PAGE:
Barack Obama defends response to Russian hacking

US president says he told Vladimir Putin to stop meddling in the election at G20 meeting

Barack Obama said he had spoken directly to Vladimir Putin about his feelings over the hacking. Photograph: Manuel Balce Ceneta/AP Photo

Barack Obama said he had spoken directly to Vladimir Putin about his feelings over the hacking. Photograph: Manuel Balce Ceneta/AP Photo

 

US president Barack Obama defended his restraint from retaliatory action against Russia over its hacking of Democrats during the presidential campaign fearing that it would be seen as meddling in the election.

In his final news conference of 2016 before his traditional Christmas holiday in Hawaii, Mr Obama said he told Russian leader Vladimir Putin at the G20 meeting in China in September “to cut it out” over the cyberattacks that the CIA and now the FBI have said helped Republican Donald Trump win the US election.

The president said he warned Mr Putin there would be “serious consequences” if Russia did not stop and that there was no further tampering with the election after that.

Hacked emails belonging to Hillary Clinton’s campaign chairman John Podesta had already been passed on to anti-secrets website, Wikileaks, he said.

On the decision not to retaliate against Russia, he said: “I think we handled it the way it should have been handled.”

Primary concern

The reason his administration did not act was because in “this hyper-partisan atmosphere” his primary concern was “making sure the integrity of the election process was not in any way damaged.”

“At a time when anything that was said by me or anyone in the White House would immediately be seen through a partisan lens, I wanted to make sure that everyone understand that we were trying to play this thing straight,” he said.

The White House did not want the issue to become “one more political scrum,” he added.

Shortly before the start of the president’s press conference it emerged that the FBI has agreed with the CIA’s assessment that Russia intervened in part to help Mr Trump win the White House.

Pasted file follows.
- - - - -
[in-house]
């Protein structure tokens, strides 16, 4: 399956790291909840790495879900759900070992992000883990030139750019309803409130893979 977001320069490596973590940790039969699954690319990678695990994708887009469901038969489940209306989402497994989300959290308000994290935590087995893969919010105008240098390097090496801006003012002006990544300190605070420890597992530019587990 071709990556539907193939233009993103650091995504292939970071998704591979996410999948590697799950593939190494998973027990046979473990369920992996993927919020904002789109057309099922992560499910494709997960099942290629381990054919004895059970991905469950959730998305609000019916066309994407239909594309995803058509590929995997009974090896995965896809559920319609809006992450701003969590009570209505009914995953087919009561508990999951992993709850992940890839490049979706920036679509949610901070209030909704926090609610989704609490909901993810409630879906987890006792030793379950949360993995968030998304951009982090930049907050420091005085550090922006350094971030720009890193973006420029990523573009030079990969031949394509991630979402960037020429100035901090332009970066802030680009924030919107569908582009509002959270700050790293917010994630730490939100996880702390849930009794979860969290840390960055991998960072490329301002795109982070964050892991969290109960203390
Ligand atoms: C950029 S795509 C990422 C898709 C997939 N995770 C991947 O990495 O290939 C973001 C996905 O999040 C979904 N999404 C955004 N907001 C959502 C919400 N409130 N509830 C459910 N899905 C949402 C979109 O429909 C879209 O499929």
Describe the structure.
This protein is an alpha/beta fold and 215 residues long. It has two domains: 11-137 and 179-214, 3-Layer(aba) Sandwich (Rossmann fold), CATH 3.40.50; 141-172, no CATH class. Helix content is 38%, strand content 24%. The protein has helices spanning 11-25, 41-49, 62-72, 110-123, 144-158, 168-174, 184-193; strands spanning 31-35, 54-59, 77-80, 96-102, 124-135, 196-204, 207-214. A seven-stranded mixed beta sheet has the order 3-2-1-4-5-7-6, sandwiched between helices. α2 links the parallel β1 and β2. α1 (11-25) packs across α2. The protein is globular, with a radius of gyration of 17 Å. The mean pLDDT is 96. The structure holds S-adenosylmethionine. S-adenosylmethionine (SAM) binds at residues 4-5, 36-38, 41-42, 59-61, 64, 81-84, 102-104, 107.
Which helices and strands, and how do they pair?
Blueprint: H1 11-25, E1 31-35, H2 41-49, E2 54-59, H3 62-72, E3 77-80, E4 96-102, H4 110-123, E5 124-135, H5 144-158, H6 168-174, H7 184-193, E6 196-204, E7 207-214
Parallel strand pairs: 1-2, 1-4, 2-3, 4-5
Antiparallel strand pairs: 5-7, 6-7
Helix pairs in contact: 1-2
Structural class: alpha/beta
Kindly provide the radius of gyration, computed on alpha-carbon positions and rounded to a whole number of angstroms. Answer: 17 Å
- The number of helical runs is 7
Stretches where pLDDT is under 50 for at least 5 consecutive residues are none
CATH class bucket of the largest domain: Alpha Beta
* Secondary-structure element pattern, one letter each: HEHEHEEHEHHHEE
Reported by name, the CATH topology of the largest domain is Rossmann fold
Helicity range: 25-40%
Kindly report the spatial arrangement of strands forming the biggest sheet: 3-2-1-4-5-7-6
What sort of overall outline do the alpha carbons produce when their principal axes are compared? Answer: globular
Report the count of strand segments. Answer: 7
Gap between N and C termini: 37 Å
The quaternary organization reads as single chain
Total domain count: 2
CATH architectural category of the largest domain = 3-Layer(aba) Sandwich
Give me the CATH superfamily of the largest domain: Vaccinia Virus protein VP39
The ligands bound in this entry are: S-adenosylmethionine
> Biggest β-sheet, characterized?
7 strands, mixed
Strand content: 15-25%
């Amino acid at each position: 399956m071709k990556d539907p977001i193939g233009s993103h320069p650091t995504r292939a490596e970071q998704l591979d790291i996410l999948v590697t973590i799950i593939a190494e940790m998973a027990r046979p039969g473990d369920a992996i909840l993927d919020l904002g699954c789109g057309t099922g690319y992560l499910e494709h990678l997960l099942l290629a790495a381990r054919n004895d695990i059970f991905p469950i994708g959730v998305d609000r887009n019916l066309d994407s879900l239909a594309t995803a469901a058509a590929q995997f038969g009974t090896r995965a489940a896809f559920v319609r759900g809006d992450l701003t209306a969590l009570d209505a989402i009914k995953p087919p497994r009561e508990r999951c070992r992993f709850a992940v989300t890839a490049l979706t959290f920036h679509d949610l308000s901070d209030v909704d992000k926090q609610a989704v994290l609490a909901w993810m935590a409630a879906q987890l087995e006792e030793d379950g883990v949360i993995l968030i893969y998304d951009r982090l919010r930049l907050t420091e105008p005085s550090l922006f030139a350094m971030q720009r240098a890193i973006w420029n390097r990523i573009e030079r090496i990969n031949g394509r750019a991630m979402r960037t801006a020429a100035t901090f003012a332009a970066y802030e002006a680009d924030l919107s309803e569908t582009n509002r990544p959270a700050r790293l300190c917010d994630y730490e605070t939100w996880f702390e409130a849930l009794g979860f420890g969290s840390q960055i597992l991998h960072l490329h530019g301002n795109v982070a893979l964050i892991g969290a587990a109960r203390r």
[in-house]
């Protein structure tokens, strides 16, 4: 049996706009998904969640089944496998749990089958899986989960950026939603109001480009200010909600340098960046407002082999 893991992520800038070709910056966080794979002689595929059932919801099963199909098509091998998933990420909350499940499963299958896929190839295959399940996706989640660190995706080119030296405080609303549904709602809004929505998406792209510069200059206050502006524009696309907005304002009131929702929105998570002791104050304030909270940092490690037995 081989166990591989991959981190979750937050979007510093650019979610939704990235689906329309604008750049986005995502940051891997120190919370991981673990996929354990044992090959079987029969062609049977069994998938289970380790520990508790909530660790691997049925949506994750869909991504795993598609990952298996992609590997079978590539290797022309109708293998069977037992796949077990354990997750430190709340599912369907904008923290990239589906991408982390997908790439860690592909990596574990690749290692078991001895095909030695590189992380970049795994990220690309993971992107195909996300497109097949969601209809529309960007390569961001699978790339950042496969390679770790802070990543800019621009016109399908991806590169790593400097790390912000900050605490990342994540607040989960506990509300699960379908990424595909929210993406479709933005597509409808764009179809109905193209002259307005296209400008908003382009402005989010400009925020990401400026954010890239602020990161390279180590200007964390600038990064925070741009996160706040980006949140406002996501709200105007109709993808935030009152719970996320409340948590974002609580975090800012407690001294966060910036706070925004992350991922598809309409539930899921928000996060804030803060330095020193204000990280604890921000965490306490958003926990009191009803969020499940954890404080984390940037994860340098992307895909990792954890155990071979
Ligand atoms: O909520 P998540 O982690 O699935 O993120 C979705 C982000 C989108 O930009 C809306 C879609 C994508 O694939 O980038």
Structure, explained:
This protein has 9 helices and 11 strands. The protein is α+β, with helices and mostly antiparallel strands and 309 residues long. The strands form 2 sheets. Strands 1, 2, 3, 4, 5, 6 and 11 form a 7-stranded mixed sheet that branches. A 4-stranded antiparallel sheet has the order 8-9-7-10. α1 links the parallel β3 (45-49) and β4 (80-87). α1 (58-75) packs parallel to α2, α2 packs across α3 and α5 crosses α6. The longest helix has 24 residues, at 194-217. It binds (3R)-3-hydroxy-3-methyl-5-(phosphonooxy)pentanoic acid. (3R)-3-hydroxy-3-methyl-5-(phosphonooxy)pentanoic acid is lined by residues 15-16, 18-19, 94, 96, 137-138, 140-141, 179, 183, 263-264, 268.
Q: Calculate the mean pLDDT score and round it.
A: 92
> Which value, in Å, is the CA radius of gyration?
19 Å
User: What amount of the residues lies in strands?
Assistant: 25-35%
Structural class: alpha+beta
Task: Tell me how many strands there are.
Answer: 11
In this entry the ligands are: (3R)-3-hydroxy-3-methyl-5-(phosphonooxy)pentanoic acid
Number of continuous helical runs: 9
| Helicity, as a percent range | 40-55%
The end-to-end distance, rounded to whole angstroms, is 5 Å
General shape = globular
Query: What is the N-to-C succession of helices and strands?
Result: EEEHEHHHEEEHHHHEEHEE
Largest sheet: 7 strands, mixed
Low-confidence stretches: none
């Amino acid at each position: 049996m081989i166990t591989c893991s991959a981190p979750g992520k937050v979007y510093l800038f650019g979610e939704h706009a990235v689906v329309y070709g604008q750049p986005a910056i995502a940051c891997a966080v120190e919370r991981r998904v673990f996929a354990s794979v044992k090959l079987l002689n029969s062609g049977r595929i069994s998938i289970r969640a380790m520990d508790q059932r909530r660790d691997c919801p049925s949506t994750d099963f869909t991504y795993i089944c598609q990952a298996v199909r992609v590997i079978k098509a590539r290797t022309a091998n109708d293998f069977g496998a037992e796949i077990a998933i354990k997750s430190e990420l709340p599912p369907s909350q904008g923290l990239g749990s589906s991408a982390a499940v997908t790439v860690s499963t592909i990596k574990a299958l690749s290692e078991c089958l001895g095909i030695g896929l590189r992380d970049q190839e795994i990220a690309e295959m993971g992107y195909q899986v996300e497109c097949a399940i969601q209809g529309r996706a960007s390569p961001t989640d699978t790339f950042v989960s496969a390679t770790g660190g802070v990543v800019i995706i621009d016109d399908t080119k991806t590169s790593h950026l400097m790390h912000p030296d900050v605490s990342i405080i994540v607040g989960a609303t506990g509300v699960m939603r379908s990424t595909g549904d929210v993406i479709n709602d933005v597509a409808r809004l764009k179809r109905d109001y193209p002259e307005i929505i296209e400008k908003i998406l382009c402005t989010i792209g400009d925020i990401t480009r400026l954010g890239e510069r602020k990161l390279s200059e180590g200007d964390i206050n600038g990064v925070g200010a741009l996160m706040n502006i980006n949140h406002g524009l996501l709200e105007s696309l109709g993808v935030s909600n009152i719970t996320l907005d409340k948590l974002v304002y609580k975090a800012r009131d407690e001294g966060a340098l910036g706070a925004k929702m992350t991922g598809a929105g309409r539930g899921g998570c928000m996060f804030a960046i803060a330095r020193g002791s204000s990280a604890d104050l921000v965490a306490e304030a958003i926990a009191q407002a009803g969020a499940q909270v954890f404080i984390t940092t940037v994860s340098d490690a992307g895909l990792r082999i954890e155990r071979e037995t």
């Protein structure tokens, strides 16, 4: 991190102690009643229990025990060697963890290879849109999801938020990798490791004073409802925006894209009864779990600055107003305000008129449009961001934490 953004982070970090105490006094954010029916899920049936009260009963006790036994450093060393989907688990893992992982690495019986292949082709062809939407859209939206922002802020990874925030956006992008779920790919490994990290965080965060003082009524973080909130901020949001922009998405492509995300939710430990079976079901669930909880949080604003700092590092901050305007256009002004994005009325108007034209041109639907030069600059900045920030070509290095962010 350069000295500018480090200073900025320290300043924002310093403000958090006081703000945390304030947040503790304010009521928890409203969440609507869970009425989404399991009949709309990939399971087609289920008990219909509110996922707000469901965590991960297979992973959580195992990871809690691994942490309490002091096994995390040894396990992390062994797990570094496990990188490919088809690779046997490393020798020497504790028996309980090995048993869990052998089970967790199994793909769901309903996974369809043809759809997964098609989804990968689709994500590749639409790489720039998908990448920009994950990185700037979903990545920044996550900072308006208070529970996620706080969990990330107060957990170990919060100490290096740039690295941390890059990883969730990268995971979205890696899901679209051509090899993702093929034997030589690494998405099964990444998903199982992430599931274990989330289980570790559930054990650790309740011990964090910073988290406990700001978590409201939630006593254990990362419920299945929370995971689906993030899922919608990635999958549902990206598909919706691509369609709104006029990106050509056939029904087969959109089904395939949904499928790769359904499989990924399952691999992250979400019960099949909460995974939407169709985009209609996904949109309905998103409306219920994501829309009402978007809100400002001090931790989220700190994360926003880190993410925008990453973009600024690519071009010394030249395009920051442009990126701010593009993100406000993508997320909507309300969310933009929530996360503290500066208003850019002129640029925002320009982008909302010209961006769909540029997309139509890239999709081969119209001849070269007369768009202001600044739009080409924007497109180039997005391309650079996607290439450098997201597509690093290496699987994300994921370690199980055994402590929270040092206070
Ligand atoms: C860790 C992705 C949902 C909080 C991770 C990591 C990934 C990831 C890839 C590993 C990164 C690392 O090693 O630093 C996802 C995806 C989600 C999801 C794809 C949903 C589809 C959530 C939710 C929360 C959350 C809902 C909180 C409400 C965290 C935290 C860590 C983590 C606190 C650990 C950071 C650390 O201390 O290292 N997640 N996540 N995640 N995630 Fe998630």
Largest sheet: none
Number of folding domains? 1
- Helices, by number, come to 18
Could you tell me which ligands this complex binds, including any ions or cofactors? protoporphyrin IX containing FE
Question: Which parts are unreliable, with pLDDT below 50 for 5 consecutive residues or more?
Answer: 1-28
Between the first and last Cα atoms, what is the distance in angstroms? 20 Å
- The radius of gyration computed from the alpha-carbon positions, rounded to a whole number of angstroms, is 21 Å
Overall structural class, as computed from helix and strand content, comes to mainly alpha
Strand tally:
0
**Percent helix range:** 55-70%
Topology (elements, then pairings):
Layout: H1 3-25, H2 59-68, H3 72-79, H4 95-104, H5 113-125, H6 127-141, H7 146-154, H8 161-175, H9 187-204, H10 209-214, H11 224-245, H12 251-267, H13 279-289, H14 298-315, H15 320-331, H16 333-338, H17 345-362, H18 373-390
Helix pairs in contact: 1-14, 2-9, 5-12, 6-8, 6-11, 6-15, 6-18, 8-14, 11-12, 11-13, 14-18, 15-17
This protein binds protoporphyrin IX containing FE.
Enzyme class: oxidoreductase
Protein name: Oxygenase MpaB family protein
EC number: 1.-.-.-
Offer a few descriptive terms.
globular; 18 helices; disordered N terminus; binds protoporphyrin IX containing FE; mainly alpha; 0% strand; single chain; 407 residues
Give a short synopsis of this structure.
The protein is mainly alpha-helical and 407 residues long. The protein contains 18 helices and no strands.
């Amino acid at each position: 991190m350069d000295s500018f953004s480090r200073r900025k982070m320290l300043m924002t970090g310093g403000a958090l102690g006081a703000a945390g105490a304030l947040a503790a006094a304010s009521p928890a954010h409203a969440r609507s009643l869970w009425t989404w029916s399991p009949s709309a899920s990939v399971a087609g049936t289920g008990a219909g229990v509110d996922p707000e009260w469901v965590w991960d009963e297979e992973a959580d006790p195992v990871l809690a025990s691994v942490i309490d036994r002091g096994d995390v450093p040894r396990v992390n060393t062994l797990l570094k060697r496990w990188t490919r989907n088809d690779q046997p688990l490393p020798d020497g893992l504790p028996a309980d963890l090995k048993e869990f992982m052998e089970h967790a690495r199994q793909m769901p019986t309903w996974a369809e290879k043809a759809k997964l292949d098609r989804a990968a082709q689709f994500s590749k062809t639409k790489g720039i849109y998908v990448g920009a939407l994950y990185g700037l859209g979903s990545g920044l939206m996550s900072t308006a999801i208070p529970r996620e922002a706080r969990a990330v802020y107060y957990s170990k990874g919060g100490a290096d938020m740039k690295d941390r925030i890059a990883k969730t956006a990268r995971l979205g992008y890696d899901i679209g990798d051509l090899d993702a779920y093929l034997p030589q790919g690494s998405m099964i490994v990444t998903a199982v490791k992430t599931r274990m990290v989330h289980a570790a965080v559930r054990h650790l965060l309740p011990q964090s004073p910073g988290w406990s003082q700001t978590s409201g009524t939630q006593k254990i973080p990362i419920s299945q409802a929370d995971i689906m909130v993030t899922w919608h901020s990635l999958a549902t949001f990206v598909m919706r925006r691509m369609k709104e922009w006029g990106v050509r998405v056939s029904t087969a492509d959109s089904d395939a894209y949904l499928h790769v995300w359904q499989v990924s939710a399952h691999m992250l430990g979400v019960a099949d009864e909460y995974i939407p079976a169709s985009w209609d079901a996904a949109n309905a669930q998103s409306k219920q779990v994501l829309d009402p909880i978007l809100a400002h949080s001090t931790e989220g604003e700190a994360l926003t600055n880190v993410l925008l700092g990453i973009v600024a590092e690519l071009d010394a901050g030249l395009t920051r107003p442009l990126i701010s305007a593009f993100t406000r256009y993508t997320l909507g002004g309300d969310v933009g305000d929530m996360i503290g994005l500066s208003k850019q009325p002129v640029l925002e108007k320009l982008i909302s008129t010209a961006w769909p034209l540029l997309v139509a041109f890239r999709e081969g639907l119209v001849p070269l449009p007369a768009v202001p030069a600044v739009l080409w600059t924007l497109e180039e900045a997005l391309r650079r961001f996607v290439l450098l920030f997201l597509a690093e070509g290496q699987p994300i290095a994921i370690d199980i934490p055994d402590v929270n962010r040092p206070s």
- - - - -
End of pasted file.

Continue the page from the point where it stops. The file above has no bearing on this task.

Mr Obama again threatened retaliation against those plotting cyberattacks against the US.

“Our goal continues to be to send a clear message to Russia and others: do not do this - because we can do so stuff to you,” he said.

Russia has denied the US accusations of cyber attacks against US Democratic people and institutions ahead of the election.

The charges have angered Mr Trump who has denied them as “ridiculous.”

Mr Obama has asked for a full review of the Kremlin’s role in the cyberattacks before Mr Trump takes office on January 20th echoing calls from a number of senior Democrat and Republican senators, including former presidential nominee John McCain, for a congressional investigation into the hacking.

The US president warned that the investigation should not become a “political football.”

Enthusiasm

Speaking about increasing Republican enthusiasm for Mr Putin, Mr Obama referred to a YouGov/Economist poll on Wednesday that showed that 37 per cent of the party’s voters approving of the Russian leader.

“Ronald Reagan would roll over in his grave,” he said.

On Thursday night Mrs Clinton took a shot at the alleged role of Russian president Vladimir Putin in directing the computer hacks blaming his motives on a long-held personal grudge against her.

The losing Democratic presidential candidate told donors at a “thank you” event in a Manhattan hotel o that the Russian cyberattacks on the Democratic national committee and a Gmail account belonging to Mr Podesta stemmed from Mr Putin’s “personal beef” against her dating back to 2011.

Mrs Clinton, as secretary of state at the time, was critical of Russia’s parliamentary elections saying that she had “serious concerns” – comments that angered the Russian leader.

“Putin publicly blamed me for the outpouring of outrage by his own people and that is the direct line between what he said back then and what he did in the election,” Mrs Clinton said, according to remarks quoted in the New York Times.